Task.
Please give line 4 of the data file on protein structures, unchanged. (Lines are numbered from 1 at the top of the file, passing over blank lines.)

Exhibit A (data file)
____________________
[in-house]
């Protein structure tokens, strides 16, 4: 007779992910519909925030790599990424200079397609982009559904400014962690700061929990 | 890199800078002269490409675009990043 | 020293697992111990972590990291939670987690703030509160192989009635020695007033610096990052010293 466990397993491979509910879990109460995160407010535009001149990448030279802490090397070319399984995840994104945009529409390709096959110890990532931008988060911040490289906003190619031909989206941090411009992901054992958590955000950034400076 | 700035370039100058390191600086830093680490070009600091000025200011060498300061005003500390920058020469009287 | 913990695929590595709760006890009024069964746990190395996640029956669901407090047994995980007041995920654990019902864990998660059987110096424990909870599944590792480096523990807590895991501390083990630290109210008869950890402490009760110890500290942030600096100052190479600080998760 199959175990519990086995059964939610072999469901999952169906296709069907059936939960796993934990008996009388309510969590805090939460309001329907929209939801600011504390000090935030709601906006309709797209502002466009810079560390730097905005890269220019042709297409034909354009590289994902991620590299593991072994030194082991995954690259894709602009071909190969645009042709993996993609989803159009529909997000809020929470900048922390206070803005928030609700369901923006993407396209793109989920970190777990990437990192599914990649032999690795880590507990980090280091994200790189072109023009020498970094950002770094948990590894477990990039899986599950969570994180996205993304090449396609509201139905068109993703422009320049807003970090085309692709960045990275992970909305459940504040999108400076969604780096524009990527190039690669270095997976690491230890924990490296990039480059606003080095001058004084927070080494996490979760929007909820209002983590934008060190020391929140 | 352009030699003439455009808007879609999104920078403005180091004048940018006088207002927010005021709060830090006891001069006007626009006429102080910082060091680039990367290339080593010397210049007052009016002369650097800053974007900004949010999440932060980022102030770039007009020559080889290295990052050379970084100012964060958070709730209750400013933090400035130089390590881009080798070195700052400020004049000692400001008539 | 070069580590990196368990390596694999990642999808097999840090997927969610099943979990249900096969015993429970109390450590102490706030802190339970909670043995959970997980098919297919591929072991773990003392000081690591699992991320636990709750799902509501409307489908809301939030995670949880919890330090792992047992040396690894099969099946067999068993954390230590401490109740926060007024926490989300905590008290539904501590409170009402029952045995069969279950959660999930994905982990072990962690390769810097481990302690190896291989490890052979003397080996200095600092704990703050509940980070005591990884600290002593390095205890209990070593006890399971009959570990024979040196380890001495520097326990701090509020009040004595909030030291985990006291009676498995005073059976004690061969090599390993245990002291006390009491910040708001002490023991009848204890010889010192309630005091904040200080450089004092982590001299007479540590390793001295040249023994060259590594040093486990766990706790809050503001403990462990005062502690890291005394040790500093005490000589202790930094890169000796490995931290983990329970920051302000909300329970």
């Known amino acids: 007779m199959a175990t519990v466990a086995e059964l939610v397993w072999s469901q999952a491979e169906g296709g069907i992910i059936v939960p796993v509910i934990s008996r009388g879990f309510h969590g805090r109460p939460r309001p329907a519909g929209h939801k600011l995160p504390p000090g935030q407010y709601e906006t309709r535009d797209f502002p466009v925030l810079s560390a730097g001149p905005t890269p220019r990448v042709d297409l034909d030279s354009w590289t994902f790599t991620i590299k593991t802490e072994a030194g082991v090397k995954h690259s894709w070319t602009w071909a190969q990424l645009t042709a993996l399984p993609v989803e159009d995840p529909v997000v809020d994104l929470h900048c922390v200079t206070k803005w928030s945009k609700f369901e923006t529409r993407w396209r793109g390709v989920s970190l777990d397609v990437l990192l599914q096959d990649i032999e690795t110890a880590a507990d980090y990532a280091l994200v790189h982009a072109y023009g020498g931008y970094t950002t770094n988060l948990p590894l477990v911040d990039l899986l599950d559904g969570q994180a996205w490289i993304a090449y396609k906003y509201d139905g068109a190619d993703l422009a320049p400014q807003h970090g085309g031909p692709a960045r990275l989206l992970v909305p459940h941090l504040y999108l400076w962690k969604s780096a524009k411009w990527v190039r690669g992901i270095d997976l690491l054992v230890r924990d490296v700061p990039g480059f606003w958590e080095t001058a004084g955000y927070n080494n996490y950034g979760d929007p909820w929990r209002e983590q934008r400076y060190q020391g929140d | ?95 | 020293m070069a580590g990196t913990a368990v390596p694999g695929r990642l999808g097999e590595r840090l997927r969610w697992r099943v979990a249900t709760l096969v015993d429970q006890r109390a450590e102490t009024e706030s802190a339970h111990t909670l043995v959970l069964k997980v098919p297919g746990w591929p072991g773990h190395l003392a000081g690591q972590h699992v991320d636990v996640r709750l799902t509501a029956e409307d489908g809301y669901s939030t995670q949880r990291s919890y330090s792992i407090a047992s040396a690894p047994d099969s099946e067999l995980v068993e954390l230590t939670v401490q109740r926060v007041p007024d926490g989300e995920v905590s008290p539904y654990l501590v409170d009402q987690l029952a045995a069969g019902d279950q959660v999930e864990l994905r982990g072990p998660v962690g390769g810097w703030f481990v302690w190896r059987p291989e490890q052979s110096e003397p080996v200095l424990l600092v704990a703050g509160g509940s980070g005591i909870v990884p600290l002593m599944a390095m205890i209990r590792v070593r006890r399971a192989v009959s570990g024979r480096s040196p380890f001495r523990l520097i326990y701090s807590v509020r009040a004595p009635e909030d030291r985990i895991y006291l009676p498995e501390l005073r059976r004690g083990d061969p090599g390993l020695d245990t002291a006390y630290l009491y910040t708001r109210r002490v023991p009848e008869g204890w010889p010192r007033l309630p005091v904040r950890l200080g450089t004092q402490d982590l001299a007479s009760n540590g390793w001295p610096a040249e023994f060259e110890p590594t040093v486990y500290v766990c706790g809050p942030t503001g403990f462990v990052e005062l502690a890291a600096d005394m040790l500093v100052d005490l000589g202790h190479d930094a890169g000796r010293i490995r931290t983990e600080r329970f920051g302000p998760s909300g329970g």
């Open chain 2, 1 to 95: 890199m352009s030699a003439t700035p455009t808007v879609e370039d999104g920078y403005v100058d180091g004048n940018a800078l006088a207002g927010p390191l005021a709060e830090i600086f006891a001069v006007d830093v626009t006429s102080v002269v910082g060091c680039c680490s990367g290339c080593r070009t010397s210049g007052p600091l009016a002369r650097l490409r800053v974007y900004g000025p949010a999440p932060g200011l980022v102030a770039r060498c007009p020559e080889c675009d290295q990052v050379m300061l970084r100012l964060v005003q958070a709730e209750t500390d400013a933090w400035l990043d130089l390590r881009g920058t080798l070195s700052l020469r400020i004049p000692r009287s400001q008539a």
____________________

């Open chain 2, 1 to 95: 890199m352009s030699a003439t700035p455009t808007v879609e370039d999104g920078y403005v100058d180091g004048n940018a800078l006088a207002g927010p390191l005021a709060e830090i600086f006891a001069v006007d830093v626009t006429s102080v002269v910082g060091c680039c680490s990367g290339c080593r070009t010397s210049g007052p600091l009016a002369r650097l490409r800053v974007y900004g000025p949010a999440p932060g200011l980022v102030a770039r060498c007009p020559e080889c675009d290295q990052v050379m300061l970084r100012l964060v005003q958070a709730e209750t500390d400013a933090w400035l990043d130089l390590r881009g920058t080798l070195s700052l020469r400020i004049p000692r009287s400001q008539a």